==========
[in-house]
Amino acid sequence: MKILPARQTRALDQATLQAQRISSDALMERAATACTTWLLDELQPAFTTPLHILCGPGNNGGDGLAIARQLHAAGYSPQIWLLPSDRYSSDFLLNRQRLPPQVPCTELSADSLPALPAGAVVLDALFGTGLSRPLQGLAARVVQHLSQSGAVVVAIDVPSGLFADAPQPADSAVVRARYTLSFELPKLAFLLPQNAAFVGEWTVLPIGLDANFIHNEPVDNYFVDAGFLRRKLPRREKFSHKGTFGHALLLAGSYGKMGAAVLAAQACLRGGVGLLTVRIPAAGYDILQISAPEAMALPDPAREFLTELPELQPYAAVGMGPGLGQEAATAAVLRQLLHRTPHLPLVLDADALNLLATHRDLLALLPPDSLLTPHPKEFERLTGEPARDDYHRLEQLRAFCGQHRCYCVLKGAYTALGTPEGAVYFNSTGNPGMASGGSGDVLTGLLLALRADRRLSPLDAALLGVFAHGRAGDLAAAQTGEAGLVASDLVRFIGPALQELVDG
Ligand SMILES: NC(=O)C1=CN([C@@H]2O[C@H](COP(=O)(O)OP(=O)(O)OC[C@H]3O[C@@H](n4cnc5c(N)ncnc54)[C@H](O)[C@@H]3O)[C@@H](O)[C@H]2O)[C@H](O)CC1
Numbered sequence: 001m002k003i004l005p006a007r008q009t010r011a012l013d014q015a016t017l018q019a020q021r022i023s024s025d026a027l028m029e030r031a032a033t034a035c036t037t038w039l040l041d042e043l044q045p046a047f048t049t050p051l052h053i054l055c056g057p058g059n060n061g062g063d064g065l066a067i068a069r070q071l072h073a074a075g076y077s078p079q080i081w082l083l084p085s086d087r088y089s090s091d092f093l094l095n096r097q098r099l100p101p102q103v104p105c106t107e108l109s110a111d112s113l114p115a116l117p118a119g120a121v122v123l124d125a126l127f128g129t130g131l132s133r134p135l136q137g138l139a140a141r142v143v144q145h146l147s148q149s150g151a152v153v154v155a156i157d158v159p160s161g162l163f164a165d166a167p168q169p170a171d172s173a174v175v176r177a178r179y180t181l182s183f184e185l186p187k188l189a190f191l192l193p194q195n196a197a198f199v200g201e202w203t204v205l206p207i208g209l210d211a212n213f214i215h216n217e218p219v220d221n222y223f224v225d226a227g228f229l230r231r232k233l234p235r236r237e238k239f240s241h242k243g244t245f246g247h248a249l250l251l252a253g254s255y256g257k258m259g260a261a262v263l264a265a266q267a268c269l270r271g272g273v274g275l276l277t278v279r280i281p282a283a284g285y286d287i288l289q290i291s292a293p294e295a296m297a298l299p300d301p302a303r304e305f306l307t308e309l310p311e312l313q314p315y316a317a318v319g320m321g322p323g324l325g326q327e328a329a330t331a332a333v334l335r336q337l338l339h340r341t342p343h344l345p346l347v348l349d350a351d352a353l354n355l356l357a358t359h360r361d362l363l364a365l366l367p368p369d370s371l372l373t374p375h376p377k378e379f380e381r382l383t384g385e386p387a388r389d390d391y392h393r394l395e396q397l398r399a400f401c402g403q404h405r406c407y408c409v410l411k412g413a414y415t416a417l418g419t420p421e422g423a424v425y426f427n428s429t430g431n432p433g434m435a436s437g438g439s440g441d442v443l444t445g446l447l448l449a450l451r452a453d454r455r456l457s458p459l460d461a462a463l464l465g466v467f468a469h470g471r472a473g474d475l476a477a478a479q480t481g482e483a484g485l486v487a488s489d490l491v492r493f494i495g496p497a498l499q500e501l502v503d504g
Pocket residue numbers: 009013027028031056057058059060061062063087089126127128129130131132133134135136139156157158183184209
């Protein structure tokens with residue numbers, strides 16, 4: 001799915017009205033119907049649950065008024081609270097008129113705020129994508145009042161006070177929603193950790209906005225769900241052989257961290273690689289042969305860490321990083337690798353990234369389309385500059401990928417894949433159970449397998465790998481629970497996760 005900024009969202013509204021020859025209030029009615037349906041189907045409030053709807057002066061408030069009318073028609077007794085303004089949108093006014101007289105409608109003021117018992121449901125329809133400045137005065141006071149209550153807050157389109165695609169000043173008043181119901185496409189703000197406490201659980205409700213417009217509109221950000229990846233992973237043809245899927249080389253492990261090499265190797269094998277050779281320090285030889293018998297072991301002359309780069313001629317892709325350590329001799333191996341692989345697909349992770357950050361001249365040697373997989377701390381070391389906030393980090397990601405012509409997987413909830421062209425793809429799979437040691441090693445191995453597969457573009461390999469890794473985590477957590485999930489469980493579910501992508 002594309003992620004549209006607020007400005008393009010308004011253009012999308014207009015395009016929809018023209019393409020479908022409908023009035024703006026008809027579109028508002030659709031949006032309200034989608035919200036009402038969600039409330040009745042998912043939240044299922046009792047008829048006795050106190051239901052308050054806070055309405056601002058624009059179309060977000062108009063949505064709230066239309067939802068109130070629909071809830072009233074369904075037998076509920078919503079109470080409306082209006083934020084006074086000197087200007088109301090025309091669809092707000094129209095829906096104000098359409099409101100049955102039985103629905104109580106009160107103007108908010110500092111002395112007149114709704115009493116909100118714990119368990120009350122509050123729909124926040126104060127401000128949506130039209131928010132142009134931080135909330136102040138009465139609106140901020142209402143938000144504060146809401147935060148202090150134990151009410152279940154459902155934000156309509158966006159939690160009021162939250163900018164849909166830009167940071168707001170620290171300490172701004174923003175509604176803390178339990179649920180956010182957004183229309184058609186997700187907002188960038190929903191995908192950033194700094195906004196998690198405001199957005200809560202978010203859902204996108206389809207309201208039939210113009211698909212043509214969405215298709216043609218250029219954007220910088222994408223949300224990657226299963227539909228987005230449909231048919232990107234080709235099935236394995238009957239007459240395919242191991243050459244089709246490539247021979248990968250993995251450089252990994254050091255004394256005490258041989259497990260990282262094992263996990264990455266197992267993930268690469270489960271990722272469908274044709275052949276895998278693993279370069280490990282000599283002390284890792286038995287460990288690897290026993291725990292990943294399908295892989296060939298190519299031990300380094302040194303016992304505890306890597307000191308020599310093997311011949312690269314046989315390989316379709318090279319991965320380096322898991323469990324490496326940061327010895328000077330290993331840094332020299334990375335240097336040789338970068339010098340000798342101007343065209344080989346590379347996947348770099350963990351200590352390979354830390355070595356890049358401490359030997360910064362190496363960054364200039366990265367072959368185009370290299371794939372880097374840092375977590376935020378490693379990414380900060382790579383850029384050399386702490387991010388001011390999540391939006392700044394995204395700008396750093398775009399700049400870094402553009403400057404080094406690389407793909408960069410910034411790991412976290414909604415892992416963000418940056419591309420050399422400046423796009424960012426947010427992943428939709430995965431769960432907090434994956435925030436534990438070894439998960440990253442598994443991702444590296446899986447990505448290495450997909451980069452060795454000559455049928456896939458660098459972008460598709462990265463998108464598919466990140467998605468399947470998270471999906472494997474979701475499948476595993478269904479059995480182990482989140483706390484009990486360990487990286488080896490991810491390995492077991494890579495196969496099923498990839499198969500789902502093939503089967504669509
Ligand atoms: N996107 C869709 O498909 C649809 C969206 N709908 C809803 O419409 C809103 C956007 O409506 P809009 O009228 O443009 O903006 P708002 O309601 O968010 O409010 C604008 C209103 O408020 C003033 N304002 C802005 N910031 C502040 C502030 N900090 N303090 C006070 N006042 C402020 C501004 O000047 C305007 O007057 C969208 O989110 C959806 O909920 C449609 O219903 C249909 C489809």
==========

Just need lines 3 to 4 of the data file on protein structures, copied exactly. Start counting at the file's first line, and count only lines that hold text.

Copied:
Ligand SMILES: NC(=O)C1=CN([C@@H]2O[C@H](COP(=O)(O)OP(=O)(O)OC[C@H]3O[C@@H](n4cnc5c(N)ncnc54)[C@H](O)[C@@H]3O)[C@@H](O)[C@H]2O)[C@H](O)CC1
Numbered sequence: 001m002k003i004l005p006a007r008q009t010r011a012l013d014q015a016t017l018q019a020q021r022i023s024s025d026a027l028m029e030r031a032a033t034a035c036t037t038w039l040l041d042e043l044q045p046a047f048t049t050p051l052h053i054l055c056g057p058g059n060n061g062g063d064g065l066a067i068a069r070q071l072h073a074a075g076y077s078p079q080i081w082l083l084p085s086d087r088y089s090s091d092f093l094l095n096r097q098r099l100p101p102q103v104p105c106t107e108l109s110a111d112s113l114p115a116l117p118a119g120a121v122v123l124d125a126l127f128g129t130g131l132s133r134p135l136q137g138l139a140a141r142v143v144q145h146l147s148q149s150g151a152v153v154v155a156i157d158v159p160s161g162l163f164a165d166a167p168q169p170a171d172s173a174v175v176r177a178r179y180t181l182s183f184e185l186p187k188l189a190f191l192l193p194q195n196a197a198f199v200g201e202w203t204v205l206p207i208g209l210d211a212n213f214i215h216n217e218p219v220d221n222y223f224v225d226a227g228f229l230r231r232k233l234p235r236r237e238k239f240s241h242k243g244t245f246g247h248a249l250l251l252a253g254s255y256g257k258m259g260a261a262v263l264a265a266q267a268c269l270r271g272g273v274g275l276l277t278v279r280i281p282a283a284g285y286d287i288l289q290i291s292a293p294e295a296m297a298l299p300d301p302a303r304e305f306l307t308e309l310p311e312l313q314p315y316a317a318v319g320m321g322p323g324l325g326q327e328a329a330t331a332a333v334l335r336q337l338l339h340r341t342p343h344l345p346l347v348l349d350a351d352a353l354n355l356l357a358t359h360r361d362l363l364a365l366l367p368p369d370s371l372l373t374p375h376p377k378e379f380e381r382l383t384g385e386p387a388r389d390d391y392h393r394l395e396q397l398r399a400f401c402g403q404h405r406c407y408c409v410l411k412g413a414y415t416a417l418g419t420p421e422g423a424v425y426f427n428s429t430g431n432p433g434m435a436s437g438g439s440g441d442v443l444t445g446l447l448l449a450l451r452a453d454r455r456l457s458p459l460d461a462a463l464l465g466v467f468a469h470g471r472a473g474d475l476a477a478a479q480t481g482e483a484g485l486v487a488s489d490l491v492r493f494i495g496p497a498l499q500e501l502v503d504g